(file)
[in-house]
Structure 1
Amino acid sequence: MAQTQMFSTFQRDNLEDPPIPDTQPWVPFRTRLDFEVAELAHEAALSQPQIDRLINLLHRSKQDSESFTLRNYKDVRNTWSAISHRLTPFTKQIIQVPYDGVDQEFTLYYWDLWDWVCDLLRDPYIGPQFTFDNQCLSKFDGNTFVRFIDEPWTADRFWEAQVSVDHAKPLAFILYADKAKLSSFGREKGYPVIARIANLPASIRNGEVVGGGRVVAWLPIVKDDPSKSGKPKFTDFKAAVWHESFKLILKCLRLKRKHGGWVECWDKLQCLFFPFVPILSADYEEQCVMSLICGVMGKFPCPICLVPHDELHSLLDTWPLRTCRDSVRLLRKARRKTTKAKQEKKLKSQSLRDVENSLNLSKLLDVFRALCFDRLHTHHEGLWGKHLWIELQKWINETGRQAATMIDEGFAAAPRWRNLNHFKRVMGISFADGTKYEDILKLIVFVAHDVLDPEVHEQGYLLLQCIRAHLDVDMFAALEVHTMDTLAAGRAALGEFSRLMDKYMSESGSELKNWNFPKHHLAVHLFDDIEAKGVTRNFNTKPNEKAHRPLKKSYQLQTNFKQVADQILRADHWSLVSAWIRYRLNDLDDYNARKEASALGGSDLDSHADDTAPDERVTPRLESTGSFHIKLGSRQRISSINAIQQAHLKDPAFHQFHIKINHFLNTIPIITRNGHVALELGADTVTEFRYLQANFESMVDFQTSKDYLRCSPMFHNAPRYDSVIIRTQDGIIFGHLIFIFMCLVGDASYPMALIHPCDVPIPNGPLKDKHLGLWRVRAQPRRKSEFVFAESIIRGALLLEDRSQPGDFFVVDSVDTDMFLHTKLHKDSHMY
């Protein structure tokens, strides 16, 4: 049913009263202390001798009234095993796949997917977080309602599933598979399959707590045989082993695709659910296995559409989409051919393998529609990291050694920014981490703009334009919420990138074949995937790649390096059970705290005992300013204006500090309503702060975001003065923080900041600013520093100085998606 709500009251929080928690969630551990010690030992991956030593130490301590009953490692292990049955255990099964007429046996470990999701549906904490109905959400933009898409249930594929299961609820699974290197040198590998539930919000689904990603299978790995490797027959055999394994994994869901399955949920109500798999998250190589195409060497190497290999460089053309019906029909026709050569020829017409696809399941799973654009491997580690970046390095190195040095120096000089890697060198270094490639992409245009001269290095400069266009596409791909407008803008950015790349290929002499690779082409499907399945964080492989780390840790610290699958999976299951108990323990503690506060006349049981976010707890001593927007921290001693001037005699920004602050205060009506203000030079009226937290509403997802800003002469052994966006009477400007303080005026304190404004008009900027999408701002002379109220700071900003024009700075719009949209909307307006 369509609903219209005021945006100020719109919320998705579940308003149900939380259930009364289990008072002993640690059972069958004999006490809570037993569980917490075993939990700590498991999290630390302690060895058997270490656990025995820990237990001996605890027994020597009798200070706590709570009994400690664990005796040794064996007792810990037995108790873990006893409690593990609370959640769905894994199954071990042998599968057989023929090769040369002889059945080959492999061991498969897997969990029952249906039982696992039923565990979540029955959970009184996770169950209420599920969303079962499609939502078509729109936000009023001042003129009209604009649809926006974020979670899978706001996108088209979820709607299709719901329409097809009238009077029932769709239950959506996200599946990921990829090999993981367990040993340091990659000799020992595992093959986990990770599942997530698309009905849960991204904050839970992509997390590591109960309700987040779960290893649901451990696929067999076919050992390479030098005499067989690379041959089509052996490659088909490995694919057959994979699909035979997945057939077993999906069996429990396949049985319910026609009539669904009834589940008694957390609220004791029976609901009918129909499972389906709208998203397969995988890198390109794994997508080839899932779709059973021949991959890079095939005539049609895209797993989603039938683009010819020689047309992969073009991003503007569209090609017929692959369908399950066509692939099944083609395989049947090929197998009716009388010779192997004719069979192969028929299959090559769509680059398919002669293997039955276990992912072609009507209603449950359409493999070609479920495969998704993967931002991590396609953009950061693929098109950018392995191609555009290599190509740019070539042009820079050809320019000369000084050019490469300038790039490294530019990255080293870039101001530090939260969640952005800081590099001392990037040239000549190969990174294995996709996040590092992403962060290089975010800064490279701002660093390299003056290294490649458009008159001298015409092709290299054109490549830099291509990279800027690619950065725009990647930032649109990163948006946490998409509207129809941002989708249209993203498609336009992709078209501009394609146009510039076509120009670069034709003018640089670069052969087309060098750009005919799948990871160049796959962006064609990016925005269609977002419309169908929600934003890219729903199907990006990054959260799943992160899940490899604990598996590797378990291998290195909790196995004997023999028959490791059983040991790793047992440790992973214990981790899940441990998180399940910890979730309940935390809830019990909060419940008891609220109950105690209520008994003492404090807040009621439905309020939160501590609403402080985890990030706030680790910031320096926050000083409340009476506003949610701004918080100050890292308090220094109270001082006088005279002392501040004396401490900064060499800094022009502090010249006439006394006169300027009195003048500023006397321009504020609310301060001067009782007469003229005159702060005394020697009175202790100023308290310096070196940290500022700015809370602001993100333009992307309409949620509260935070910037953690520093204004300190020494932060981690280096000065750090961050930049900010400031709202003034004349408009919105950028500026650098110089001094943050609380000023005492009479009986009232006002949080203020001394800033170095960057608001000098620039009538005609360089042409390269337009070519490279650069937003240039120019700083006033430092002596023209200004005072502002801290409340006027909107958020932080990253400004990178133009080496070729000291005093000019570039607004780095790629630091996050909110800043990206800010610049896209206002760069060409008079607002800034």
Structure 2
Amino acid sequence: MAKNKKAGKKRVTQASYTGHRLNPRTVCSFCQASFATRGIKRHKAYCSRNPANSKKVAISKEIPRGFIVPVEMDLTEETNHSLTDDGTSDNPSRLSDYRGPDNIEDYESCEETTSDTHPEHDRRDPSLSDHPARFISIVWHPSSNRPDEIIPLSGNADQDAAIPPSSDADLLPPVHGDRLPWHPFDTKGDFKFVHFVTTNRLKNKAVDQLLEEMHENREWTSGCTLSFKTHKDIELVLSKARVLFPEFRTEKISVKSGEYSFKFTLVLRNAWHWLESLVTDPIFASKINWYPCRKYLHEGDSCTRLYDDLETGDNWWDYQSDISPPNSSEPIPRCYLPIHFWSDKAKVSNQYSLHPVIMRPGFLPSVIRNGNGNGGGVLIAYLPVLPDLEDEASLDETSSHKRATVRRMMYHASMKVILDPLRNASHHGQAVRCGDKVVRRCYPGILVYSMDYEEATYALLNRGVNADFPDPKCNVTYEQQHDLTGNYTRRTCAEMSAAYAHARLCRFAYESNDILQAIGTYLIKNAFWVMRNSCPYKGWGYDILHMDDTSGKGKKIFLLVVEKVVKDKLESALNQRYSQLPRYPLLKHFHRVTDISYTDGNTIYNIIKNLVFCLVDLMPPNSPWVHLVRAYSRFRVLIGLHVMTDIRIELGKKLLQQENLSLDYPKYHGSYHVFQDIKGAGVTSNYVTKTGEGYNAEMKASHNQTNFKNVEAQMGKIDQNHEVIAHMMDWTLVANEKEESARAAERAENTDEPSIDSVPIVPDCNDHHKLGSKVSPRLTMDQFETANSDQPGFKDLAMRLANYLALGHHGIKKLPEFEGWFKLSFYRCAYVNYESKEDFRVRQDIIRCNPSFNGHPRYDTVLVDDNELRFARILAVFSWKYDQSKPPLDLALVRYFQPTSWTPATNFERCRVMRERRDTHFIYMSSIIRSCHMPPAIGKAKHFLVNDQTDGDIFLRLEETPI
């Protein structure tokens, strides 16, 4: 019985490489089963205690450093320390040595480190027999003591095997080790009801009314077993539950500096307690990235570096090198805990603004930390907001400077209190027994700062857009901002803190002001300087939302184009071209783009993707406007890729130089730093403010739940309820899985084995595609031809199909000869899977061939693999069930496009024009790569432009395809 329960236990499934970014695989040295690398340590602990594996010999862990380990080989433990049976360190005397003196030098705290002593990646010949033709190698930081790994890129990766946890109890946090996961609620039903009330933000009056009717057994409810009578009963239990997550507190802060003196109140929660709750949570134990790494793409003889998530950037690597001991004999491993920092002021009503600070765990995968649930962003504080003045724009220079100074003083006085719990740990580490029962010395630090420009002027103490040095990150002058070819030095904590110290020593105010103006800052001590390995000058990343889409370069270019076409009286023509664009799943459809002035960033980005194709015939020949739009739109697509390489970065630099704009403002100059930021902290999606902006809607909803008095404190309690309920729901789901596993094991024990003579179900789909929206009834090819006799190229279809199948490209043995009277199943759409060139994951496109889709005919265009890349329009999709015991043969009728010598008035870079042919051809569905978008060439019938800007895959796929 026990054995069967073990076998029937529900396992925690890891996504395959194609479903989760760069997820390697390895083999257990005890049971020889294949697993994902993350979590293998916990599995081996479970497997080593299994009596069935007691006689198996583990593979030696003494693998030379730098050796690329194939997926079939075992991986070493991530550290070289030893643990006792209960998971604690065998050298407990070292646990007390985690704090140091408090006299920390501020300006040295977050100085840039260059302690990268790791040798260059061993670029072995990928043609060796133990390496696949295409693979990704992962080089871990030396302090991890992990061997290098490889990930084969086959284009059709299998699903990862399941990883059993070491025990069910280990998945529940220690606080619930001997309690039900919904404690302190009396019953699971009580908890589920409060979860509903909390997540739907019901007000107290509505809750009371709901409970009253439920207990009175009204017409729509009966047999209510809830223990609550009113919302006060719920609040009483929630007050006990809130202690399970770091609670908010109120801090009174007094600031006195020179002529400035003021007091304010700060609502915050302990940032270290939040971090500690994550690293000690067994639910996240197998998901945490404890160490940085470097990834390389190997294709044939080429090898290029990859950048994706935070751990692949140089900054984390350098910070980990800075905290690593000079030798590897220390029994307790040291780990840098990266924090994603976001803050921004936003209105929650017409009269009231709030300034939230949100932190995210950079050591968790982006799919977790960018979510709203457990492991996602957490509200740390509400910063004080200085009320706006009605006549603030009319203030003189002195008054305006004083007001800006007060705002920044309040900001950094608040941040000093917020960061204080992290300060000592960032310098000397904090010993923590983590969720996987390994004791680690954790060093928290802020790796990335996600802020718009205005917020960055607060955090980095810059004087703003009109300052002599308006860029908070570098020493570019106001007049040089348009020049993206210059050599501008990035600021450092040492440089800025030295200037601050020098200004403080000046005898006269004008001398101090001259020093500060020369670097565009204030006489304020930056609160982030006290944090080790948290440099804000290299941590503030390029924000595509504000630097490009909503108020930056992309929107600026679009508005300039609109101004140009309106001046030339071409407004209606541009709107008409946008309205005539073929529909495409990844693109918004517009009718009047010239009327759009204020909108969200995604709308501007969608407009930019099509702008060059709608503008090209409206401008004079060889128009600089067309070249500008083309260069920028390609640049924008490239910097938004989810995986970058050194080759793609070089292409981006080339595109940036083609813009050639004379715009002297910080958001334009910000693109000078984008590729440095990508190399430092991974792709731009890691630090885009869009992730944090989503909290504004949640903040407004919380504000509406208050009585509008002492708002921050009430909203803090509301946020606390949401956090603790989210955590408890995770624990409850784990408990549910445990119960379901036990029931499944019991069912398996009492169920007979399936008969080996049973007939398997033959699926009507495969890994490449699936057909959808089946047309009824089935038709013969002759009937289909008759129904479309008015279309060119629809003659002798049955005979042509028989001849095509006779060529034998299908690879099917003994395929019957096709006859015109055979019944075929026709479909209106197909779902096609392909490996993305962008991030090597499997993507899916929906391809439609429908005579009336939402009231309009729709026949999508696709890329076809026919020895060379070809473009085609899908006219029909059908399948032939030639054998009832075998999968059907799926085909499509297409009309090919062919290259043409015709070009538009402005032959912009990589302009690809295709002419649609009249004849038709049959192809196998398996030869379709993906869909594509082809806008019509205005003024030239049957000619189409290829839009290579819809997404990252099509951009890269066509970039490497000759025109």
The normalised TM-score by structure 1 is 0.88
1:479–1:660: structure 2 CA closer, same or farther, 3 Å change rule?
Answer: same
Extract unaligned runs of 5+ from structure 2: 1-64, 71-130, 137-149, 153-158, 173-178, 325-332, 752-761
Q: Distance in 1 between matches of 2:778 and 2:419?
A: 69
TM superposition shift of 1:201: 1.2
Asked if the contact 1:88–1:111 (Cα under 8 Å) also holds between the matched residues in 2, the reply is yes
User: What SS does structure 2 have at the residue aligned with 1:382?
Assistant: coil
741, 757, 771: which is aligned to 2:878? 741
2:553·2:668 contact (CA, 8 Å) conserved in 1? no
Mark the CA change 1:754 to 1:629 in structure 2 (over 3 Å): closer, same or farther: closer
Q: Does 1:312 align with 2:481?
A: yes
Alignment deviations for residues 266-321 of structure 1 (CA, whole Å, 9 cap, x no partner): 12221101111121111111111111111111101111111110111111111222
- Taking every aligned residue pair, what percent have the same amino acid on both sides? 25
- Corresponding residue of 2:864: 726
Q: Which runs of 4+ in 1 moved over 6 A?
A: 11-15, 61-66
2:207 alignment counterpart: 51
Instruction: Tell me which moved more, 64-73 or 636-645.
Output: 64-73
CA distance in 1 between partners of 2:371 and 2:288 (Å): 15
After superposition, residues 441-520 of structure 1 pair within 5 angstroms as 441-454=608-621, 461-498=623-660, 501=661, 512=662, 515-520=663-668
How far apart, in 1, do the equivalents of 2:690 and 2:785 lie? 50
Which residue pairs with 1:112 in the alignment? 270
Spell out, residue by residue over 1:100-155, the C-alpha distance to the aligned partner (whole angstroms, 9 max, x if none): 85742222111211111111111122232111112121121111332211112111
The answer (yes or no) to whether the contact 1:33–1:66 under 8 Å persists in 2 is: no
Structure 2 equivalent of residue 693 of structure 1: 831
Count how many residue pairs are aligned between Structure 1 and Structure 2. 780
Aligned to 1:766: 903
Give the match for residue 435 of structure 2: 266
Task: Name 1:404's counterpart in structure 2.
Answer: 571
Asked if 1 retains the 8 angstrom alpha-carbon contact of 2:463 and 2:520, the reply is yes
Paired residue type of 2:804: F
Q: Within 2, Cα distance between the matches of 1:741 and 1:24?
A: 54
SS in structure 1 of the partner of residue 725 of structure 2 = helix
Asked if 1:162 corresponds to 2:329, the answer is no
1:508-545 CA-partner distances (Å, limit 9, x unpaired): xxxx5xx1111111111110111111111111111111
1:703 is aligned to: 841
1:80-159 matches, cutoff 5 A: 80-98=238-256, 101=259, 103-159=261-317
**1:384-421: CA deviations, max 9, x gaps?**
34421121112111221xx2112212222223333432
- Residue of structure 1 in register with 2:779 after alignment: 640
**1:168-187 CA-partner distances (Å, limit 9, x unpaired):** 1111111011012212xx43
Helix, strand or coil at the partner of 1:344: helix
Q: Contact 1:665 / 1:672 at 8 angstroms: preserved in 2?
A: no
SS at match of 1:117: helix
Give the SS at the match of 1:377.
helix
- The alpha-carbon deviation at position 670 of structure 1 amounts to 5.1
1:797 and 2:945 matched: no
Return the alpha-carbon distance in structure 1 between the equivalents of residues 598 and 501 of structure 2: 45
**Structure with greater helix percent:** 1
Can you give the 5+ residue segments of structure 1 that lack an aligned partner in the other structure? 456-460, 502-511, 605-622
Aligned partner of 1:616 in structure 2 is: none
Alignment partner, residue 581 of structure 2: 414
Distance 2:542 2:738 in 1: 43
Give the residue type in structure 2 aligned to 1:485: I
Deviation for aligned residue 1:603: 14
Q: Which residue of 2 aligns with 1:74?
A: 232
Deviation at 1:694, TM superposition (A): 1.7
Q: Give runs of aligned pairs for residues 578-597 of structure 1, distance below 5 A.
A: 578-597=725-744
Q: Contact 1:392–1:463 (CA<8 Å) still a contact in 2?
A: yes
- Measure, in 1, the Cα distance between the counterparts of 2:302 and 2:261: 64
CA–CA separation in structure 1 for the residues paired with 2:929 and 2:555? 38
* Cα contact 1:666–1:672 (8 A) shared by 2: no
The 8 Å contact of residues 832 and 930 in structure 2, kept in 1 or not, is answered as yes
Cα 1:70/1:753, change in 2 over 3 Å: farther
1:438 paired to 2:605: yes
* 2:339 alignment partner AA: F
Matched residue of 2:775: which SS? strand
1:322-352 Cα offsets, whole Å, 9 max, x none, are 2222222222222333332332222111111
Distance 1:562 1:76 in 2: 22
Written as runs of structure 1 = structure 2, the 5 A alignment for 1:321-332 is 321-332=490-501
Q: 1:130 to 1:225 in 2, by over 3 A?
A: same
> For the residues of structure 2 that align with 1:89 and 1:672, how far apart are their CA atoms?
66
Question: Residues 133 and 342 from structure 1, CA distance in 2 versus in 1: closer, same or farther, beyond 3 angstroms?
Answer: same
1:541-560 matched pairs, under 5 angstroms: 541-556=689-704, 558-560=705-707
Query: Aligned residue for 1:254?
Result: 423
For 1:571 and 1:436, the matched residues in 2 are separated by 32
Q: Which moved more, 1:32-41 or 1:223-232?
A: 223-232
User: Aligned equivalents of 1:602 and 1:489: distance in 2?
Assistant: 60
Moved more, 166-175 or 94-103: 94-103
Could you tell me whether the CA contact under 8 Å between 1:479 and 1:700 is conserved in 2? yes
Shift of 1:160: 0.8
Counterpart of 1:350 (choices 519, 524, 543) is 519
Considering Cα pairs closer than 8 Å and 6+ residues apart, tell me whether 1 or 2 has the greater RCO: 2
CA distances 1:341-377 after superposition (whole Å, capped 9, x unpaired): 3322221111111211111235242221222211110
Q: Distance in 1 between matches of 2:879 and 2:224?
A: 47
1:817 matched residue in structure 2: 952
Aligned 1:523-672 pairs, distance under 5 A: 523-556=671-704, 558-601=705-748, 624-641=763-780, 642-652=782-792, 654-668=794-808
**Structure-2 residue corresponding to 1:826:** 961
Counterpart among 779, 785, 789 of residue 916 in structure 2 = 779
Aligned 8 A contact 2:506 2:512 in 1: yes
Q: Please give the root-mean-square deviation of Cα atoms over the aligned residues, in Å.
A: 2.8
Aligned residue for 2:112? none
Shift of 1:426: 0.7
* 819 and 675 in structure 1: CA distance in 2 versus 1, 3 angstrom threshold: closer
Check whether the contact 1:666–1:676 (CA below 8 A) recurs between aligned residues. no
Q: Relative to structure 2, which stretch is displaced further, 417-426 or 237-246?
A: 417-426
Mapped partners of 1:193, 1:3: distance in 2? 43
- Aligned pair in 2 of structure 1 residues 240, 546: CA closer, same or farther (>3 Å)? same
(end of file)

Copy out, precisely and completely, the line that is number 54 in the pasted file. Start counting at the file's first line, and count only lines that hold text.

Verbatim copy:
- Residue of structure 1 in register with 2:779 after alignment: 640